2. Samichlaus – This beer has an enormous reputation in these parts, almost as large as its 14% ABV. The rep is much deserved and the beer is a Christmastime necessity. I don’t know that it actually has anything to do with Christmas other than the fact that it sounds like “Santa Claus,” but it’s a giant lager with which you should not trifle.
1. Jolly Pumpkin Noel de Calabaza – JP is one of those breweries at the top of my favorites list that just does it for me every time. Sure, they’re all variations of the same beer, but they’re all delicious.Tartness galore as always but this time in the form or a Belgian strong dark ale. I would have even accepted spice, but JP didn’t stoop to those levels and kept it on the real. In other words, it’s your typical Jolly Pumpkin but in super-awesome Christmas form.
Special Mention: Stone/Nøgne Ø/Jolly Pumpkin Special Holiday Ale – From what I understand, this beer has long been retired. All three breweries can be found in this beer. It’s a bit of a mangled mess, but it was my mangled mess at one time. I’ve had versions bottled by the first two breweries and each brought with them something different. I feel like the JP version has been around, possibly passing my lips at a tasting, but I have no proof and could be totally mistaken.
This month’s session idea comes to us from Ed Hardy at Beersay and here’s what he had to…er…say:
The idea for me was based loosely around the visits of three ghosts to Ebenezer Scrooge, but relayed in a post about the beers of Christmas past, present and future.
What did you drink during Christmas holidays of old, have you plans for anything exciting this year and is there something you’d really like to do one day, perhaps when the kids have flown the nest?
So, we’re going all holiday up in this joint. I do love a good holiday ale loaded with frankincense and myrrh. Or something like that.
For a beery memory to share, I’m going to go all the way back to last year. It’s not as much about what beer I drank, but rather about the silliness that resulted in my consumption. After a beer or two and a glass of homemade egg nog, we sat down for Xmas Eve dinner with friends and family. My wife makes the greatest Polish feast imaginable every Xmas Eve. It is easily my favorite meal of the year. I prefer to celebrate said meal with a nice beer. For last year’s feast, I chose Mikkeller’s Santa’s Little Helper.
Then, things got a bit weird…
For whatever reason, our guests that evening were not into drinking beer with this particular dinner. So, I had the entire 750 mL bottle to myself. You can probably imagine what happened after that. And if you imagined that I would go outside intent on knocking the snow off our satellite dish with snow balls only to eventually turn to climbing onto the roof in order to clear the snow by hand, then you would be correct.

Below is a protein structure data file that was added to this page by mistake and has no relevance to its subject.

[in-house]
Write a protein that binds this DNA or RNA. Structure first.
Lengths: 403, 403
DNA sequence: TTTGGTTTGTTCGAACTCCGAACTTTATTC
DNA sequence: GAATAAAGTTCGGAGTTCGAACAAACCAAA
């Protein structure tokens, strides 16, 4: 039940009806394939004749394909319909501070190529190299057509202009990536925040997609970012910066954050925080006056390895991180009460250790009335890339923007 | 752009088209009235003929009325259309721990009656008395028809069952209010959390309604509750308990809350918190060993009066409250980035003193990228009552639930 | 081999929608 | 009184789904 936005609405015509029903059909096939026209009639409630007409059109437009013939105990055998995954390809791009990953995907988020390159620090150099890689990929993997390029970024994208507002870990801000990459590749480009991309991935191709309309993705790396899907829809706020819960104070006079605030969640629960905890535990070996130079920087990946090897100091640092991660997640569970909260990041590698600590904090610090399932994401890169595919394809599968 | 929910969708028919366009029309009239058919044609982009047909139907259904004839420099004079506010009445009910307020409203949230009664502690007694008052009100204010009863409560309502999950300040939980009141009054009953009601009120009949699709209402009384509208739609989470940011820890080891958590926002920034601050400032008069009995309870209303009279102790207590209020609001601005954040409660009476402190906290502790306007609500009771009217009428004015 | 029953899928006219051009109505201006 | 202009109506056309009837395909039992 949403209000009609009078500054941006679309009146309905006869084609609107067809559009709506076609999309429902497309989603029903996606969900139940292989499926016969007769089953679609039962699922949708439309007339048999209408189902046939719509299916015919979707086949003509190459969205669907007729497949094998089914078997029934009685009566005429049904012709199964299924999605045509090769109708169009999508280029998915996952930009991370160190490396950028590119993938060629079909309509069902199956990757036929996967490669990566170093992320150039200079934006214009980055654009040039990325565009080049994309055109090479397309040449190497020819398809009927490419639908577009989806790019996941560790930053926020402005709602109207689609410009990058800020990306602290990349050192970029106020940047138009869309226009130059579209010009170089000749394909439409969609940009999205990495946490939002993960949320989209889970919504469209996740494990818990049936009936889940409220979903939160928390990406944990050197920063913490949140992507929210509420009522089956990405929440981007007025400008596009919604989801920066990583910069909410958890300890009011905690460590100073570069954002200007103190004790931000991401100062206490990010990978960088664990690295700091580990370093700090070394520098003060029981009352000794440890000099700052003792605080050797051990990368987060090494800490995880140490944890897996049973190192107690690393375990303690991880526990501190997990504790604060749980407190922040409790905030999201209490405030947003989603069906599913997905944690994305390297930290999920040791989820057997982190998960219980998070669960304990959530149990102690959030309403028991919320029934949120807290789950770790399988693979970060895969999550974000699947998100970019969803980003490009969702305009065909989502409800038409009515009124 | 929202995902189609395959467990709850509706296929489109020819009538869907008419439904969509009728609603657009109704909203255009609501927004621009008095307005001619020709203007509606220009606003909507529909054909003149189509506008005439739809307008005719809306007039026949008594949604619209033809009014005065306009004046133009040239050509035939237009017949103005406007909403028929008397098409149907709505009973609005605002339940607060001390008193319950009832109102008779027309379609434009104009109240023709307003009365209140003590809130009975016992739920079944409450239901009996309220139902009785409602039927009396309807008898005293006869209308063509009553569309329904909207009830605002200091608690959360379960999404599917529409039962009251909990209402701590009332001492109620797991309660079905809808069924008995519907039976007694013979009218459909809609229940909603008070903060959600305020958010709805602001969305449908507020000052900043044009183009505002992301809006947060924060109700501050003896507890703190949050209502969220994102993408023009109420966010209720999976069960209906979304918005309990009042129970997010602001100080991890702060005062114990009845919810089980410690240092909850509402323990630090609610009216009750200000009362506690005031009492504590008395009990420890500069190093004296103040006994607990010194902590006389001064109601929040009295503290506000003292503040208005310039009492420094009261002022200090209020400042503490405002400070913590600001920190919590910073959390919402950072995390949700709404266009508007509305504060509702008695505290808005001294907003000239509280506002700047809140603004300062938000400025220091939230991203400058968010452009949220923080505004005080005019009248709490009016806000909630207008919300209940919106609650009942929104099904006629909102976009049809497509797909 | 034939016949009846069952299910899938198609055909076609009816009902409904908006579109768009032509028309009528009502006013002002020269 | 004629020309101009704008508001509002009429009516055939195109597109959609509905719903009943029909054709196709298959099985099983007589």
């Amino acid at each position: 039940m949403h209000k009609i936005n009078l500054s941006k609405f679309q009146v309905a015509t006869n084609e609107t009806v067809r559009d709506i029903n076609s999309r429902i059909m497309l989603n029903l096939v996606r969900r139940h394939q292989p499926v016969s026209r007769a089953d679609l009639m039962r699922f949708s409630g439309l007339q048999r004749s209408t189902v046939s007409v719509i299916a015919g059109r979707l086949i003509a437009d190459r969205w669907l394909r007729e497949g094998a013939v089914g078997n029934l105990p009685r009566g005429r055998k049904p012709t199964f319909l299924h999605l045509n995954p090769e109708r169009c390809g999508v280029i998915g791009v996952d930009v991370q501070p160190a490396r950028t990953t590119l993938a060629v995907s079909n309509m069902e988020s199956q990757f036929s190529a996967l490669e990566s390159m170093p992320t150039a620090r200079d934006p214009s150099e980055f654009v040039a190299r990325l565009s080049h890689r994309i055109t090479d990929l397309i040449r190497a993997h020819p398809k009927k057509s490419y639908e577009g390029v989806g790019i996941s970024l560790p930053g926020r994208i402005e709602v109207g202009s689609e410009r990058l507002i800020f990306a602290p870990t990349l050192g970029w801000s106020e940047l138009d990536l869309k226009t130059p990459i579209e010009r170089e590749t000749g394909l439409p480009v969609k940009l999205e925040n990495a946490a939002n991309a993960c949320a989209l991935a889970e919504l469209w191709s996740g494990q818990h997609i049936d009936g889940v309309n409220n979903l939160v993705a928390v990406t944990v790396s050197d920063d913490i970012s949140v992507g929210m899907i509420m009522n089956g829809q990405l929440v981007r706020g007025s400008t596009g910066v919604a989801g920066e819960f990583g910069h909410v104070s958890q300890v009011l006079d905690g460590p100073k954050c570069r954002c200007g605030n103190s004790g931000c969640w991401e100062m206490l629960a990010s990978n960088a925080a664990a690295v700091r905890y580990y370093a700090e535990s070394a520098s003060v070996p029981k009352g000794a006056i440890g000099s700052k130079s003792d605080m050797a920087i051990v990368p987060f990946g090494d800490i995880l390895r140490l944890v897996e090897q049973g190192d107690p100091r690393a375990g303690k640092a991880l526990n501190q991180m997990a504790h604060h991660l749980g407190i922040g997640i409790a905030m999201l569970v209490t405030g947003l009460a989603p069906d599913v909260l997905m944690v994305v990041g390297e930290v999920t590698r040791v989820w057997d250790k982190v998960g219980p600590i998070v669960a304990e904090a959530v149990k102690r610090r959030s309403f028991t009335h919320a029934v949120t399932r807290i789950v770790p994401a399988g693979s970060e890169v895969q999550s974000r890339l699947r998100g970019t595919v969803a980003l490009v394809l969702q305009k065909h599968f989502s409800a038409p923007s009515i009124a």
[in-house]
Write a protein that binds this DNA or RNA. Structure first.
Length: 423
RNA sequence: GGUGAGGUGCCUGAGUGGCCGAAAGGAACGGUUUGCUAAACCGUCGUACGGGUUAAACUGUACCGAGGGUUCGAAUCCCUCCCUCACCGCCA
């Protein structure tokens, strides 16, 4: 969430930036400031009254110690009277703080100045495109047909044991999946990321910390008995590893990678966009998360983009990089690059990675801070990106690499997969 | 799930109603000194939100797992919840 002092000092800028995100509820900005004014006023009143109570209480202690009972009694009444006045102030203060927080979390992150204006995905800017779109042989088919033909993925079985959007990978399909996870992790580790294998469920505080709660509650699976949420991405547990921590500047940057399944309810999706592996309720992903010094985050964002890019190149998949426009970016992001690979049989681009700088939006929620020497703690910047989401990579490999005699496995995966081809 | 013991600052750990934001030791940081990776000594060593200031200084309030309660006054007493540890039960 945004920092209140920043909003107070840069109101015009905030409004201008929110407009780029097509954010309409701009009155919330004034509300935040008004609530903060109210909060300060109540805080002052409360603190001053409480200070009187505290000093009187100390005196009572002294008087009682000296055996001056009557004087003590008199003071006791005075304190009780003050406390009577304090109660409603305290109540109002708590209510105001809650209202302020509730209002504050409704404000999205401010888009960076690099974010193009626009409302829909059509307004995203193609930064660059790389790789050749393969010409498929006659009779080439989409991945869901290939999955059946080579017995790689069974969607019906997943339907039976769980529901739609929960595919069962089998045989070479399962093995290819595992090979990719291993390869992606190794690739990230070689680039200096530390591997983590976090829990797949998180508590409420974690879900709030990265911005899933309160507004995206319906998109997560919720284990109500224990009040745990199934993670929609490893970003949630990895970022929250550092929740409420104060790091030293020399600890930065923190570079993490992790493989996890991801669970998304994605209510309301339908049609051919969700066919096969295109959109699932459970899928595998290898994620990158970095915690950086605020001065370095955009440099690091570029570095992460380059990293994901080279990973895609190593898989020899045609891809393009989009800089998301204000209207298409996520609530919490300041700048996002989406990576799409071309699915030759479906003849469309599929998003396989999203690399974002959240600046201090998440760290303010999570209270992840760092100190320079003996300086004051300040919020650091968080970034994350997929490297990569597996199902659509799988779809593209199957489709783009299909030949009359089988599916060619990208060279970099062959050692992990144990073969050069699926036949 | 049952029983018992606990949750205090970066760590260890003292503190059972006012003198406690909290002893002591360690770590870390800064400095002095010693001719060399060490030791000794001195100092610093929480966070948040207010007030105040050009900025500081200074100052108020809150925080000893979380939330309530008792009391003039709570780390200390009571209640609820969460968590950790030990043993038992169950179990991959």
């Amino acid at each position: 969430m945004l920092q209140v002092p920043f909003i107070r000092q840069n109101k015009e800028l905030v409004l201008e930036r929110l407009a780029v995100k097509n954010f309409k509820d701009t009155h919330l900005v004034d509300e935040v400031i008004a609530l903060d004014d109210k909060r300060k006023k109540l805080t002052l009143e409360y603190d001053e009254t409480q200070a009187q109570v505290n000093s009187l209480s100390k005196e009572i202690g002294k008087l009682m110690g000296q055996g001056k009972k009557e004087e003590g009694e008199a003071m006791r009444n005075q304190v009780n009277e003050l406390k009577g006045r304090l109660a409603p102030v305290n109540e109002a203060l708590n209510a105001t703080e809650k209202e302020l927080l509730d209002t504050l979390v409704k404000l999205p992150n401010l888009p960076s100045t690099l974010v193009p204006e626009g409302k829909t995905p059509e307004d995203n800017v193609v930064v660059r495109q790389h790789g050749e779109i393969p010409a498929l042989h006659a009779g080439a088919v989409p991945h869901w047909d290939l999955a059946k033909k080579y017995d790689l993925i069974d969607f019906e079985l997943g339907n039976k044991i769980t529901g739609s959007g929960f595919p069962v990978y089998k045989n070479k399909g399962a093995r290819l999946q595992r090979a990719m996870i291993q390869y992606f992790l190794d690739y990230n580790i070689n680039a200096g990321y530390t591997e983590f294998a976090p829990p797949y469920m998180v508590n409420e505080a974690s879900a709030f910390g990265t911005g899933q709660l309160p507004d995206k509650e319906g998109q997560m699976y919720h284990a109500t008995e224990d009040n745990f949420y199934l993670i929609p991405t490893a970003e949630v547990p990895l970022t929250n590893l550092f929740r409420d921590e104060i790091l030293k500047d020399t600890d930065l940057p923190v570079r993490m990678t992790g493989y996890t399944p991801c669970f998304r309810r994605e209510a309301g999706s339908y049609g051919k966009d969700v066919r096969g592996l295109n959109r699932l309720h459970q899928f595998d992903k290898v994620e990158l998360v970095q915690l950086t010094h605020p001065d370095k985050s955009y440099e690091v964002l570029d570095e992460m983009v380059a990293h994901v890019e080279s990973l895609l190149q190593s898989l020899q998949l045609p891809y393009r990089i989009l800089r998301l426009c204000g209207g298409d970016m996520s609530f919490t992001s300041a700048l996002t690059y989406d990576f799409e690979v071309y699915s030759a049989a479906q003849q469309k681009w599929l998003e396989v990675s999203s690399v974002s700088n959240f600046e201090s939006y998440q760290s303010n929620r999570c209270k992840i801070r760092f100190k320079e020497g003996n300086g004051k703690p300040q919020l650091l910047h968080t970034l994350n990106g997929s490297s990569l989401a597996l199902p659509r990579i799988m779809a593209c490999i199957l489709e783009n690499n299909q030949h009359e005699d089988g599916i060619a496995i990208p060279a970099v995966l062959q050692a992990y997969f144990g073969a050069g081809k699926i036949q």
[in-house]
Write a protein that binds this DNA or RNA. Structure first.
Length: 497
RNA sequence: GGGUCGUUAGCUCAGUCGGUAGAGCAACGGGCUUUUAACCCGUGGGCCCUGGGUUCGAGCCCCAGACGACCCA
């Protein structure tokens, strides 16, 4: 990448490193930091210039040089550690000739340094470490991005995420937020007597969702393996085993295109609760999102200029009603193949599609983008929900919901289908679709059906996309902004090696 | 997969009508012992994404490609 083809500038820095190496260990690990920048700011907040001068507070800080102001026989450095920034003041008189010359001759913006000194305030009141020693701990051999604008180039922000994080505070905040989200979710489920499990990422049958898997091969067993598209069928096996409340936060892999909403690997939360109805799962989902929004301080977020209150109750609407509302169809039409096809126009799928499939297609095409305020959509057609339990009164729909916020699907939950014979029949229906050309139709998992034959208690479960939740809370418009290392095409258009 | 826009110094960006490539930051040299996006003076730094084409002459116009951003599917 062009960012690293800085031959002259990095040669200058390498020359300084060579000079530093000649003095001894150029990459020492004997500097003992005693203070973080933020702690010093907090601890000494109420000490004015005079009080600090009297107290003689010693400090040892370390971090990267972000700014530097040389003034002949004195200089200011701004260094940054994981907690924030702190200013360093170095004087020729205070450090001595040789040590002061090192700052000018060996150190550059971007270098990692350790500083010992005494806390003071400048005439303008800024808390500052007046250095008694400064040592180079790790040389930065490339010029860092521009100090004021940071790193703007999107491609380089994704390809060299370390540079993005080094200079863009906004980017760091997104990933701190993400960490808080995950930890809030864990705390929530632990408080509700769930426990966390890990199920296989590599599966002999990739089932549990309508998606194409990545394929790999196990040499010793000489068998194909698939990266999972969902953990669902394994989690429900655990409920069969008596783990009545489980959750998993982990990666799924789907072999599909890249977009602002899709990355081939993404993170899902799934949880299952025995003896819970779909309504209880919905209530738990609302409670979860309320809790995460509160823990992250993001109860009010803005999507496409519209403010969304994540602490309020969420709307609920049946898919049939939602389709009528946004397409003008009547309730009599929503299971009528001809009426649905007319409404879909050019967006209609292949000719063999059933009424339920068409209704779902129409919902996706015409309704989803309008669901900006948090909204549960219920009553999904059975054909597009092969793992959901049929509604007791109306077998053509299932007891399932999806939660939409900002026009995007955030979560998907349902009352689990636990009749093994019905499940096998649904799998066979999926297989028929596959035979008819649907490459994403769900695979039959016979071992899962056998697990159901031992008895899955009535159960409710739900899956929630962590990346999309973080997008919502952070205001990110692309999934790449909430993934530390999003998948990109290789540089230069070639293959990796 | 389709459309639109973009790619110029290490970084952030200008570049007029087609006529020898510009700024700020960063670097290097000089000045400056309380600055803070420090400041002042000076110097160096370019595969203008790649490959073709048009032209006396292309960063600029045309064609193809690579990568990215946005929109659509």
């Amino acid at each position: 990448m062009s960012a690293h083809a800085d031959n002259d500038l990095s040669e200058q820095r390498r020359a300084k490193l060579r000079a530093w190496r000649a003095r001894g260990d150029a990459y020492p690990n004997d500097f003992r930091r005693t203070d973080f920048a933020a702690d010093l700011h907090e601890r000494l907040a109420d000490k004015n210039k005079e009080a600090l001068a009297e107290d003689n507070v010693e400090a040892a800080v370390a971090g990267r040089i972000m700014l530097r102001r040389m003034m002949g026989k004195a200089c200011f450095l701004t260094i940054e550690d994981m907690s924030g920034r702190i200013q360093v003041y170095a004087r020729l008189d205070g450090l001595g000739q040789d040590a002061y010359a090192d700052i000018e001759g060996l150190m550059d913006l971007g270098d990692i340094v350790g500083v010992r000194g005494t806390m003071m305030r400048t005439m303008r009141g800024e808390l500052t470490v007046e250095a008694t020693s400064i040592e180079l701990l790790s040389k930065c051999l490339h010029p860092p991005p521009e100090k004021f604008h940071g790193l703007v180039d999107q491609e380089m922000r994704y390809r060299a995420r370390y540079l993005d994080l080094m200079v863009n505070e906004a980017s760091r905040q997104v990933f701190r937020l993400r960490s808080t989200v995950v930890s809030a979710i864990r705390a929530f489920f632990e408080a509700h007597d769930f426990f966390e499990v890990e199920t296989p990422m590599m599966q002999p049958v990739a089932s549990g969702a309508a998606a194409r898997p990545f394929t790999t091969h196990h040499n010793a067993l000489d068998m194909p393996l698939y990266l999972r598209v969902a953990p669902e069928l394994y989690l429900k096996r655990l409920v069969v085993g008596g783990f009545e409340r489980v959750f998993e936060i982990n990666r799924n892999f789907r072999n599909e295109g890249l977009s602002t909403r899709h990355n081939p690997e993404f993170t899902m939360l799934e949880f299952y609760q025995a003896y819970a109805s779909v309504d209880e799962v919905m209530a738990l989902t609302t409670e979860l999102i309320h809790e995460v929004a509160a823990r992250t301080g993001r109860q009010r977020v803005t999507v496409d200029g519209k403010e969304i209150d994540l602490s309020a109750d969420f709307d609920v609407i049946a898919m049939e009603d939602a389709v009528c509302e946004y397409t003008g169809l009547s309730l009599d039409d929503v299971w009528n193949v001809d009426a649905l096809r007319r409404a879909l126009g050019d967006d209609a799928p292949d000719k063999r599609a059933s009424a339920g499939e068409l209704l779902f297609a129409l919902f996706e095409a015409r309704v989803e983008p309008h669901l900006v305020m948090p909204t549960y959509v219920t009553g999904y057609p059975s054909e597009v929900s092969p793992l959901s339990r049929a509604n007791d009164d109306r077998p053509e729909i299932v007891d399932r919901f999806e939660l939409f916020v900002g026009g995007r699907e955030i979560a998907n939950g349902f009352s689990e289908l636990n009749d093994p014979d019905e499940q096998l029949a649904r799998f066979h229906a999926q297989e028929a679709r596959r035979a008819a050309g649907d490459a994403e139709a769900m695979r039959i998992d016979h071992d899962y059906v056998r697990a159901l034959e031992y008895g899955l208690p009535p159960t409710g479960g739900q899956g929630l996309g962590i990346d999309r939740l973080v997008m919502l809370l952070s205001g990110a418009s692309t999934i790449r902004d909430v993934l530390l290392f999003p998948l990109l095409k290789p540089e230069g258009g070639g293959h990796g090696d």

I’m not exactly sure how to handle this one as it is only December 2nd, meaning that this Xmas actually qualifies as Xmas Future, but whatever. I’ll at least tell you my plan. The start of our season usually happens on St. Nicholas Day (Dec. 6). Friends throw a big party with a giant, flaming bowl of mulled wine. It’s good stuff, but I always show up with some seasonal beers. Other than the Mikkeller (again), I currently have a Jolly Pumpkin Noel Calabaza, but I think I’ll take a sixer of Sierra Nevada’s Celebration Ale, assuming there’s more in the stores.
After that, my beer club has a Holiday Party/Yankee Swap/Ugly Sweater Contest planned. I’ll bring something nice to drink (possibly the Allagash Odyssey I scored at last year’s party), possibly a Boulevard gift set for the swap, and I don’t know about the sweater.
As far as our own Xmas festivities, I’ll take it easy this year on Xmas Eve. There will be no drunken roof climbing this year. I always enjoy a bomber all to myself on Xmas Day. Other than that, it will be typical beer consumption for me.
I have lots of ideas for future Xmas. Let’s list them, since that’s kinda my thing this month:
- Xmas Homebrew – I want to brew a special Xmas brew on Xmas Day one of these years. Of course, it will probably have to be something that isn’t necessarily Xmas-y as it will take time for fermentation and such to occur. Ideally, I’d like to brew something big that can be enjoyed during the following Xmas as a way to start a tradition.
- Travel – One of the best Xmas celebrations I ever had was the year we visited family in California. I’d love to do a beer-themed Xmas trip one of these years. Maybe Colorado, San Diego, Asheville, Portland, Chicago, or even Belgium would all be great trips. Someday, someday…
- Neighborhood Tasting – I’ve always wanted to do a tasting with my neighbors. They all like to imbibe and have a good time. I’m the resident beer nerd. They’re always asking me about craft and homebrewed beer. I always thought it would be cool to have them all chip in and I’ll buy a load of beer for a tasting. There’s a neighborhood party and progressive dinner, a beer at each stop would be ideal.
- Beer Gifts – My wife always gets me cool and unique gifts for Xmas, but one of these years I’m going to get her to give the gift of beer. I’m thinking glassware, all-grain equipment, a beer trip, or some membership to a special mail-order club or something. Even a stockpile of beer books would be cool.
- Sharing Craft Beer with My Daughter -My three-year-old is obviously not ready for beer, but I’ve given her tiny tastes here and there. I look forward to the day I can sit down and share a beer with her on special occasions. The day we crack open a special beer I’ve been cellaring could be a lot of fun. Here in Missouri, it’s legal to serve your kid alcohol within your home. I’m not talking about getting plastered. I’m talking about sipping on a great beer and enjoying the aromas and flavors within. It will be a valuable experience where I can teach her about good craft beer. By the time her peers are all doing keg stands, she won’t want to take part unless it’s good beer.
Well, those are my Xmas beer thoughts for the past, present, and future. Be sure to check out the other posts in the Session over at Beersay. Also, have yourself a happy holidays and all that. Cheers!